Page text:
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When You Feel the Fear, Do This Instead


I’ve been away for a few weeks on one of the most significant trips that our family has ever taken. We ate well, followed the footsteps of history, and did things that we would never do at home. In our son’s case, that meant rappelling down a makhtesh that’s also the world’s largest erosion crater.

Before our trip, when we talked about rappelling, he was excited. During his school camps, he had gone abseiling and loved it. Then we arrived on location, and suddenly, it was as if his confidence was possessed by an unexpected strong gust of wind and thrown over the edge of the crater never to be seen again.

Here’s a view of the crater from our hotel room:

As his Mom, I tried to be encouraging, but that only goes so far when you tell someone, “You’ve got this and no, I wouldn’t do it in a billion years. Have fun!”

I stood safely back from the edge and watched our guide hook up the ropes and had our son step into the harness.

Then our son stopped.

“I don’t want to do this,” he said with conviction.

We all shouted our support.

You’ll love it!

We’ve talked about this!

This is a once in a lifetime opportunity!

Be brave!

What we didn’t shout, but all thought was:

Holy crap, thank goodness that’s not me.

As he walked to the edge, his protestations got louder.

“Please. Unhook me. I really don’t want to do this.”

The guide tried to center him on his voice. He spoke to him calmly and soothingly, but it did little to convince our son he should go over the edge. At one point, he’ll never admit it, I think he was almost in tears.

As his mother, I wanted to stand up and shout to get him unhooked ASAP! He didn’t want to do it, and we weren’t going to push him over the edge! A smaller, quieter part of me knew that the guide wouldn’t force him, safety was paramount, but was trying to help him find it within himself.

Related: This Approach Will Let Your Leadership Shine Every Time

Then the guide said the words that changed everything:

“Stop thinking about the fear; think about the success.”

Something had shifted. Our son was still afraid, but instead of being frozen and ready to walk away, he started moving towards his goal.

Do You Feel Like You’re Rappelling Down a Cliff?

It’s not often you’re literally going over the edge of a cliff, but there are many times in life that it feels like it. Starting a business, new job, getting married, moving overseas, you name it. It’s something that you really want to do but the closer you get to doing it, the louder the voice in your head shouts that you should stop. What if you get hurt or fail or hate the choice that you made?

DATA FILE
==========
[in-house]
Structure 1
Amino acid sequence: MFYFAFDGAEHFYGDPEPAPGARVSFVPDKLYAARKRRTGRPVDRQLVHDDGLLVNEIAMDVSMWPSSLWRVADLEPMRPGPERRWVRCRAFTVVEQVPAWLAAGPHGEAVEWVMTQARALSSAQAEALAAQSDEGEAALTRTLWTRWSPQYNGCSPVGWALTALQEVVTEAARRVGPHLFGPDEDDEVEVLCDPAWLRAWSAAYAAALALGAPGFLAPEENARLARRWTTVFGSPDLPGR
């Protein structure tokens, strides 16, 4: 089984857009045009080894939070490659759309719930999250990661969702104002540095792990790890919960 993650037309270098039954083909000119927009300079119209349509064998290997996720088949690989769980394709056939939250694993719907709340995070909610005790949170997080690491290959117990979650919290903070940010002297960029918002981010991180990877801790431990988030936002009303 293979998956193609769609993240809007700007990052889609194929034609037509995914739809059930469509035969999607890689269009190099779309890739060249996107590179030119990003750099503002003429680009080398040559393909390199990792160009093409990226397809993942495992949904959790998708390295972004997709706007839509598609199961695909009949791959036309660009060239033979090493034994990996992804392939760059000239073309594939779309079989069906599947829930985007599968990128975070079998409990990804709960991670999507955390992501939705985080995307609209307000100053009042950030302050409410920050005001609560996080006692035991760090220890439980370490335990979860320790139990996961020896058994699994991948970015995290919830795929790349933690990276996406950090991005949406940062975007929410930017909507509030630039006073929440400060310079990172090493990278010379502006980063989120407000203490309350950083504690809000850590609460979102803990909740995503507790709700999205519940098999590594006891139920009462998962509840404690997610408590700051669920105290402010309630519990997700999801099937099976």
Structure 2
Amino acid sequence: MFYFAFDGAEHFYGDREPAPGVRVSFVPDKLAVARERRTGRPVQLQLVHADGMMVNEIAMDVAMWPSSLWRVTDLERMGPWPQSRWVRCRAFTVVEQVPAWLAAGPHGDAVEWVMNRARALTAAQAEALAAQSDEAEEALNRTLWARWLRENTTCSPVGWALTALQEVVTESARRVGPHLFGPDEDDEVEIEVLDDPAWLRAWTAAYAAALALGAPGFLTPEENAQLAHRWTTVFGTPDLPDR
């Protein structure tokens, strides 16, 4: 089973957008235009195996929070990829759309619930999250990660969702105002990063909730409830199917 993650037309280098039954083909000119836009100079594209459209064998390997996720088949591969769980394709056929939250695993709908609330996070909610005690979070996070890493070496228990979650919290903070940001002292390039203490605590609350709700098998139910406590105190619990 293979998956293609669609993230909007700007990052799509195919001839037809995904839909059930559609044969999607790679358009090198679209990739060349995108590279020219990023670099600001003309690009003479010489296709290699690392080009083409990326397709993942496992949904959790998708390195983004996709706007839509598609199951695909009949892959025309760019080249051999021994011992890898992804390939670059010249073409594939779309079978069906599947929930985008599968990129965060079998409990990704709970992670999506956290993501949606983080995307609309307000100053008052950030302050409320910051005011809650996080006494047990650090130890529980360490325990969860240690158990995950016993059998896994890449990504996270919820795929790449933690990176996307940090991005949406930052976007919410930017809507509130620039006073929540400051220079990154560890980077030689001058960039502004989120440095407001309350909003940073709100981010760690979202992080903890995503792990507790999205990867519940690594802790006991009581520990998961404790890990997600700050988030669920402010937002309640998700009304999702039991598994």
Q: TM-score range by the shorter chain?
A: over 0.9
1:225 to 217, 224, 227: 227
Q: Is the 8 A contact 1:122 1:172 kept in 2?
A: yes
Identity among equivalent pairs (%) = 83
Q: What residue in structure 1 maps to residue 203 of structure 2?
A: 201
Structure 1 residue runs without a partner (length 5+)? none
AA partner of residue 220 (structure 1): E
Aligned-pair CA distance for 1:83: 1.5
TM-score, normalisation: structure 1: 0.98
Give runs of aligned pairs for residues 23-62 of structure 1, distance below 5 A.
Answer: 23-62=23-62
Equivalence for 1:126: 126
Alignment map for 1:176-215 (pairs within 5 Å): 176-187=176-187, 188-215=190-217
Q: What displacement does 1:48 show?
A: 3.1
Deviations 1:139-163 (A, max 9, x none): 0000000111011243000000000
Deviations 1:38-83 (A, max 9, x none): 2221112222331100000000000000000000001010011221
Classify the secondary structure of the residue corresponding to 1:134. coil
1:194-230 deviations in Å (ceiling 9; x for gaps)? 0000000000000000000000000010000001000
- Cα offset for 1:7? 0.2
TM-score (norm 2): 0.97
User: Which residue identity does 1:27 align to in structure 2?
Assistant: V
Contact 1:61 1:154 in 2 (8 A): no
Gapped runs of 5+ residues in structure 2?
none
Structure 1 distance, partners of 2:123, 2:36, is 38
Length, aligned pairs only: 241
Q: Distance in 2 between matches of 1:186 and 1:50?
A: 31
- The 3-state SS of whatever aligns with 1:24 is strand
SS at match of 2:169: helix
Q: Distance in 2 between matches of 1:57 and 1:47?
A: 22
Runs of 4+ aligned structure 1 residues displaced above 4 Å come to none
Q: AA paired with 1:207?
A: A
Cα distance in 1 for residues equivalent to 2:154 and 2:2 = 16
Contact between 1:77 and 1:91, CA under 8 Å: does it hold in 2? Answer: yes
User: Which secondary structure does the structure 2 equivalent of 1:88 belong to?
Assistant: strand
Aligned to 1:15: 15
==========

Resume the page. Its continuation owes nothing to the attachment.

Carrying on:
Let’s Get Real

In my son’s case, he had a harness, and his rappelling set up by an expert. He wasn’t getting a running start, jumping over the edge, and hoping for the best.

In your case, there’s planning, work, and effort that enables you to make the leap from here to where you want to go. It’s not about satisfying a whim, but instead making a decision and taking action to make the leap.

When your brain goes into overdrive, and you begin to obsess over everything that could go wrong, your deepest fears, it doesn’t mean you have to listen. You can stop focusing your energy on the fear and like our guide that day said, focus on the success.

Ask Yourself

What is it you want to create?

When you’ve gone over your mental cliff instead of running in the other direction, what will it feel like?

What will you learn about yourself by moving forward?

Who do you want to be? Need to be?

Who’s writing your story?

Tune Out to Tune In

It’s easy to encourage someone to take a huge risk and go where they’re most afraid to go from the sidelines. I gave my son a double thumbs up to do something I’d never have the courage to do.

When you have naysayers or encouragers surrounding you, neither one can force you to move. You need to turn within, beneath the fear, and listen to your inner knower.

As I watched my son go over the edge and begin his descent, yes, I wanted to throw up, but I was proud. He found it within himself to not let fear take the lead. He also was a role model for me to take a look at my life and be honest about where I was embracing the fear, the worst case scenario, and forgetting to envision the success.

Create a picture of your success, your best case scenario, that’s so big and irresistible that it calls you forward. You have what it takes, you just need to be brave enough to go for it.

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